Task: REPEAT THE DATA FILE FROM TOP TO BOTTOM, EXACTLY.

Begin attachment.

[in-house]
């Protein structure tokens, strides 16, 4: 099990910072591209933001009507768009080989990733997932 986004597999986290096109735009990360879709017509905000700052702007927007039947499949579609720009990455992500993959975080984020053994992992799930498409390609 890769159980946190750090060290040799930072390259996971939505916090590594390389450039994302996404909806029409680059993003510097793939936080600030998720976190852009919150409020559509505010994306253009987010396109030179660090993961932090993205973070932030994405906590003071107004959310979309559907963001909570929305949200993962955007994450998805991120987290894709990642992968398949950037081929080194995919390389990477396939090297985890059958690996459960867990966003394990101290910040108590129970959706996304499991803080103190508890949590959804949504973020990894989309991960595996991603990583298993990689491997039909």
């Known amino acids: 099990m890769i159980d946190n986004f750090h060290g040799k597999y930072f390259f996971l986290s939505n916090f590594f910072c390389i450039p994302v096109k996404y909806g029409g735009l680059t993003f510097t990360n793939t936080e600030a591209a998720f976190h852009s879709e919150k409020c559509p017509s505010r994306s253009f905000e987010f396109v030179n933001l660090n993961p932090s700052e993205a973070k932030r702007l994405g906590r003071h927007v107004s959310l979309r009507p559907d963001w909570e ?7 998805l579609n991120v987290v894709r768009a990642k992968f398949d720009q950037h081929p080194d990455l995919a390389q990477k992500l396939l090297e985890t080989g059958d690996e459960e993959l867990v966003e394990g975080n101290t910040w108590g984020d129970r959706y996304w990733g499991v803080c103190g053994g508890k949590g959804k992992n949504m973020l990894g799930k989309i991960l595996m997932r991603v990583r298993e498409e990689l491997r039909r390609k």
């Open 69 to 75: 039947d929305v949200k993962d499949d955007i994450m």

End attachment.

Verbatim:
[in-house]
């Protein structure tokens, strides 16, 4: 099990910072591209933001009507768009080989990733997932 986004597999986290096109735009990360879709017509905000700052702007927007039947499949579609720009990455992500993959975080984020053994992992799930498409390609 890769159980946190750090060290040799930072390259996971939505916090590594390389450039994302996404909806029409680059993003510097793939936080600030998720976190852009919150409020559509505010994306253009987010396109030179660090993961932090993205973070932030994405906590003071107004959310979309559907963001909570929305949200993962955007994450998805991120987290894709990642992968398949950037081929080194995919390389990477396939090297985890059958690996459960867990966003394990101290910040108590129970959706996304499991803080103190508890949590959804949504973020990894989309991960595996991603990583298993990689491997039909």
């Known amino acids: 099990m890769i159980d946190n986004f750090h060290g040799k597999y930072f390259f996971l986290s939505n916090f590594f910072c390389i450039p994302v096109k996404y909806g029409g735009l680059t993003f510097t990360n793939t936080e600030a591209a998720f976190h852009s879709e919150k409020c559509p017509s505010r994306s253009f905000e987010f396109v030179n933001l660090n993961p932090s700052e993205a973070k932030r702007l994405g906590r003071h927007v107004s959310l979309r009507p559907d963001w909570e ?7 998805l579609n991120v987290v894709r768009a990642k992968f398949d720009q950037h081929p080194d990455l995919a390389q990477k992500l396939l090297e985890t080989g059958d690996e459960e993959l867990v966003e394990g975080n101290t910040w108590g984020d129970r959706y996304w990733g499991v803080c103190g053994g508890k949590g959804k992992n949504m973020l990894g799930k989309i991960l595996m997932r991603v990583r298993e498409e990689l491997r039909r390609k």
């Open 69 to 75: 039947d929305v949200k993962d499949d955007i994450m």